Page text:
Return of the Magnificent Seven


Action / Western

Rotten Tomatoes Critics - Rotten 13%
Rotten Tomatoes Audience - Spilled 38%
IMDb Rating 5.5 10 3087


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April 04, 2016 at 10:12 PM



Yul Brynner as Chris
Claude Akins as Frank
Warren Oates as Colbee
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695.34 MB
23.976 fps
1hr 35 min
P/S 1 / 3
1.45 GB
23.976 fps
1hr 35 min
P/S 3 / 2

Movie Reviews

Reviewed by Uriah43 5 / 10

Didn't Quite Measure Up to Its Predecessor

Several years after their heroic defense of a small Mexican village "Chris" (Yul Brynner) is told that a group of about 50 gunmen have ridden into the town and taken all of the men to an undisclosed location in the desert. Wanting to help his friend "Chico" (played by Julian Mateos) who was one of the men taken and a former member of the initial Magnificen Seven, Chris sets about recruiting men to come to assist him in his efforts to free them. Naturally, with time being an important factor, Chris begins his search for tough gunmen in the most obvious placeā€”a Mexican prison. Sure enough, he finds a couple there and with a little luck adds a few more before setting off to find the hombres responsible. But this time they can expect nobody else to help them. Now, rather than reveal any more I will just say that, other than Yul Brynner, there were no actors of a similar stature to lend their support. In any case, while this wasn't a bad film necessarily, it didn't quite measure up to its predecessor and I have rated it accordingly. Average.

Reviewed by classicsoncall 7 / 10

"I never thought I'd come back."

There are so many iterations of 'The Magnificent Seven' that whenever one pops up on cable I have to check whether I've seen it before or not. This one turns out to be the actual sequel to the original film, but it ran as "Return of the Seven" on Encore Westerns, so that was another element of confusion. With Yul Brynner in the cast though, at least there was some connection to the earlier film.

I can't say I'm surprised that Brynner didn't want Steve McQueen to appear in this follow up film. McQueen gave the star fits on the set of "The Magnificent Seven" every time he improvised some little mannerism designed to draw attention to himself at the expense of the leading man. By contrast, Robert Fuller was virtually colorless in replacing McQueen's character Vin; you almost didn't consider him to be the second in command.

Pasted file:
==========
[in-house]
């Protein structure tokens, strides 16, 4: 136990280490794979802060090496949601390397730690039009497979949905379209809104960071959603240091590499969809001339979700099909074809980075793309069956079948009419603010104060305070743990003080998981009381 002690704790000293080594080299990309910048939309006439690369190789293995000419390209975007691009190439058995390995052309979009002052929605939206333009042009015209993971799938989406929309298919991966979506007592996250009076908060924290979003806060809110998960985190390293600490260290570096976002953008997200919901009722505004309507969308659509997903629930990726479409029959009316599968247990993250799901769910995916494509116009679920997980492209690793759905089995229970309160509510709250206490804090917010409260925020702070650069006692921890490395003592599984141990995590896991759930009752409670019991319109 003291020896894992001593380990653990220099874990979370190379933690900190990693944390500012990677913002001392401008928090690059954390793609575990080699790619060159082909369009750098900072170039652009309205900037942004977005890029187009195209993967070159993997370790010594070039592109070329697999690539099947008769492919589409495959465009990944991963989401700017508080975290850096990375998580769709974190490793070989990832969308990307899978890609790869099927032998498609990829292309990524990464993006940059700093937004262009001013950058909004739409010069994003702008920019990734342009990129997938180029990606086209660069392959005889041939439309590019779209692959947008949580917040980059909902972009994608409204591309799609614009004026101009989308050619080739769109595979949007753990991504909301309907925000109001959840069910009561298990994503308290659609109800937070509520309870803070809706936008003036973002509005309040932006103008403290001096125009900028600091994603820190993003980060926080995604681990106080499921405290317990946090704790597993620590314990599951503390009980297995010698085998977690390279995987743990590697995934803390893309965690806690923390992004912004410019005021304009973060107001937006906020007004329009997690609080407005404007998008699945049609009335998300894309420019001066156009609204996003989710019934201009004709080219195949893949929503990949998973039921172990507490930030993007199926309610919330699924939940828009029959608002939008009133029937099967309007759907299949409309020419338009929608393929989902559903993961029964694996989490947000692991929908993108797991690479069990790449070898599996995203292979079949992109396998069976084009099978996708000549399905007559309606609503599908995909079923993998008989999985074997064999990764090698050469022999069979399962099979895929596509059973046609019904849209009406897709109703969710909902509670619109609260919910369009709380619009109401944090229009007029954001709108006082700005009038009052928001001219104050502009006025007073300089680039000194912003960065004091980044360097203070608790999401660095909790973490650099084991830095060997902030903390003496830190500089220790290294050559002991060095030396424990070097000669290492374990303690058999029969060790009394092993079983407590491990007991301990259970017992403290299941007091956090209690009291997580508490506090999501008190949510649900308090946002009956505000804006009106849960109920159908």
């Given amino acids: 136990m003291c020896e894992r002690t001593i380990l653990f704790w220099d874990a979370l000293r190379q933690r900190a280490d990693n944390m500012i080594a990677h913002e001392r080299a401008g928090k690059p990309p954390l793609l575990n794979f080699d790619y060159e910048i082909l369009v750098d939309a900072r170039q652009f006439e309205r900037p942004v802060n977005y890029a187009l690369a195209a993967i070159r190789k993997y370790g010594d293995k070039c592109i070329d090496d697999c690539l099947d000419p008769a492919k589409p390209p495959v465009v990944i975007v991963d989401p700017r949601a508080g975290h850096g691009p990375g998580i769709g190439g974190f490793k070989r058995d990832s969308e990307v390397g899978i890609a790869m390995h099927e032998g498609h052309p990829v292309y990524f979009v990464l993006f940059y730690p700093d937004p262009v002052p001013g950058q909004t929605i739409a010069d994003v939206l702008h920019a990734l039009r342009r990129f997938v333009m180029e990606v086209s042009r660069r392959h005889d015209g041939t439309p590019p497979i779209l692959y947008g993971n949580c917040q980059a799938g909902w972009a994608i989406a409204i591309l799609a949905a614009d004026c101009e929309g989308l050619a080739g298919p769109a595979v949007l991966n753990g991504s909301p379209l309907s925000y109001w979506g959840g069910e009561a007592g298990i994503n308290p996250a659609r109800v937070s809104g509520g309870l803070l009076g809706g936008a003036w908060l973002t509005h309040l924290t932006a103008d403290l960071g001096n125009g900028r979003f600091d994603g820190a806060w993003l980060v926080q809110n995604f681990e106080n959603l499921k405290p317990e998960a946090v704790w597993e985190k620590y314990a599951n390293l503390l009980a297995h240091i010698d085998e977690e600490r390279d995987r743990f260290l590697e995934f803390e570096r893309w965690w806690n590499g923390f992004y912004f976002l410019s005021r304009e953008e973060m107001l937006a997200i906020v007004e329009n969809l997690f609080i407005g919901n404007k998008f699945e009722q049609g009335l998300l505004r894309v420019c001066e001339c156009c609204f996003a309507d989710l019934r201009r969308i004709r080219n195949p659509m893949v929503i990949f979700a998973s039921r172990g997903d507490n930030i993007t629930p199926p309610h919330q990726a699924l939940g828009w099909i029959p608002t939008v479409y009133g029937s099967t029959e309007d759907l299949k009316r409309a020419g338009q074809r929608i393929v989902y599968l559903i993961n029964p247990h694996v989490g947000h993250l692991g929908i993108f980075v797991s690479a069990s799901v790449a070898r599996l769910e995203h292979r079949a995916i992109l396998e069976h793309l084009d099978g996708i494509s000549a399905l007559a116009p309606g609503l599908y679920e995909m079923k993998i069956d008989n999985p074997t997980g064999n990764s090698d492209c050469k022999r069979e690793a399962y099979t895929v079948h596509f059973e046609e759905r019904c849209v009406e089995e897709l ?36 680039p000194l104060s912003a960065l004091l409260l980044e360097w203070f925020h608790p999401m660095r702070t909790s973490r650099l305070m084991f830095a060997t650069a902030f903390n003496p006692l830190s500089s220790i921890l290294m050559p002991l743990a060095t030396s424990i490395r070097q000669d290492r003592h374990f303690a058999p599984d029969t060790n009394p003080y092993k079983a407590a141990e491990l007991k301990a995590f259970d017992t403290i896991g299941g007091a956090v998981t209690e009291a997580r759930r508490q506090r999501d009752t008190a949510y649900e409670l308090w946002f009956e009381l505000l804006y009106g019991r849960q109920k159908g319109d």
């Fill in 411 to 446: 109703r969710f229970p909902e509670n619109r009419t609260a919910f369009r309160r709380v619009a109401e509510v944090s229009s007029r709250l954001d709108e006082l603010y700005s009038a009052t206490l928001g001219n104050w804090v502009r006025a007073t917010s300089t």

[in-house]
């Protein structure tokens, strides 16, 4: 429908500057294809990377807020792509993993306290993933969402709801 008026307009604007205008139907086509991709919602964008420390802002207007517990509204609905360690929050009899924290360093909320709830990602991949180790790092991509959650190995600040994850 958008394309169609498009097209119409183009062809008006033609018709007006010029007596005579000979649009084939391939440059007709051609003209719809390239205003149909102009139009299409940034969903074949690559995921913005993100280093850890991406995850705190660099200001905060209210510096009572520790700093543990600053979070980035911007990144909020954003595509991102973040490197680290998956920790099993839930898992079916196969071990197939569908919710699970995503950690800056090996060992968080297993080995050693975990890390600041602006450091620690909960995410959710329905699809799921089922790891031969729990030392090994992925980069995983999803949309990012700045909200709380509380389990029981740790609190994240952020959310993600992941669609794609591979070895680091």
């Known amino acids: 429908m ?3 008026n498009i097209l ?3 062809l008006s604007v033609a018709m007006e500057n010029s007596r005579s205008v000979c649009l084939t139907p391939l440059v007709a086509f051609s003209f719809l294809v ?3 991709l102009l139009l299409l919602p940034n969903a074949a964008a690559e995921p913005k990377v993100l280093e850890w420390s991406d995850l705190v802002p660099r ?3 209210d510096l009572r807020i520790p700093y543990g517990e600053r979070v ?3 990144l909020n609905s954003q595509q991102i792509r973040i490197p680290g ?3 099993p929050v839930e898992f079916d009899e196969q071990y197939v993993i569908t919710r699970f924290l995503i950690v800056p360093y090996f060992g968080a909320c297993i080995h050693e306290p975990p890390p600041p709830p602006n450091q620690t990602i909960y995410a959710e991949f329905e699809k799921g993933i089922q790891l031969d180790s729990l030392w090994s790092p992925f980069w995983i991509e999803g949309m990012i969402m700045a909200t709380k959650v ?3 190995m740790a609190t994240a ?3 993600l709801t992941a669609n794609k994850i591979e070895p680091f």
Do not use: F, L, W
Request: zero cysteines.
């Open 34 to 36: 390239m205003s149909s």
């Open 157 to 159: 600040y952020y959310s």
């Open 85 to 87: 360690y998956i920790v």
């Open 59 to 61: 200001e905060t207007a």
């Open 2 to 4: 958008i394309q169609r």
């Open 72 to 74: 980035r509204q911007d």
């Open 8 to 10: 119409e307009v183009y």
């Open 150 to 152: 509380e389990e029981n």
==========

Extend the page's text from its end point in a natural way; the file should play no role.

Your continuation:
As for the rest, Warren Oates stood out mainly by virtue of considering himself a ladies' man, an idea I found I had to force myself to acknowledge for the sake of the story but it made me chuckle throughout. But he did prove to be a stand up guy for the heroes, he made it a point to stay strong for the mission after the village elder tried to convince Chris (Brynner) that he should give up the fight.

The only other character of note here was portrayed by Claude Akins in a role not unlike the one he had in the same year's "Incident at Phantom Hill". In that one, Akins decided it was a pretty good idea to attack six Cheyenne Indians all by himself with disastrous results. Here he decided to step in front of Brynner's character when he was about to get shot by the Mexican outlaw Lorca (Emilio Fernandez). Not a good career move if this were real life.

Reviewed by Scott LeBrun 7 / 10

"I'll be damned." "I doubt that very much."

It's inevitable that any sequel to a classic like "The Magnificent Seven" is going to represent a drop in quality. The script (by Larry Cohen) is definitely on the routine side, and its gallery of characters are mostly nondescript. There's still entertainment value in the "assembling men for a mission" theme, and some of the actors here get a chance to shine. Burt Kennedy's direction is certainly adequate, and the action scenes are well executed.

Yul Brynner returns to the role of Chris. He's approached by Petra (Elisa Montes), the wife of Chico (Julian Mateos), a former member of the Seven. Petras' and Chicos' village is raided by a group of bandits who kill some of the men, but abduct most of them for some unknown purpose. The villain responsible is Lorca (Emilio Fernandez), who is not an entirely unsympathetic character. Chris reunites with Vin (Robert Fuller, taking over for Steve McQueen), and brings together associates such as Frank (Claude Akins), Colbee (Warren Oates), and Luis (Virgilio Teixeira); he's also joined by the hard luck young man Manuel (Jordan Christopher).

Admittedly, this setup was indeed more fun with the original gang of characters, who had a little more personality than this bunch. That's not to say that guys like Akins and especially Oates don't have their moments. Oates is certainly a joy in the role of a shameless horn dog. Fernandez is good, but again, he's no match for his predecessor Eli Wallach. Fuller is reasonably likable, but he's no Steve McQueen. At least there's a nice part for Fernando Rey as the well meaning priest who disapproves of Lorcas' methods.

Elmer Bernsteins' theme music still resonates, and the widescreen photography is first rate. The pacing is adequate; this is the shortest of the "Seven" films at a fairly trim 96 minute run time.

Decent entertainment for undemanding Western fans.

Seven out of 10.

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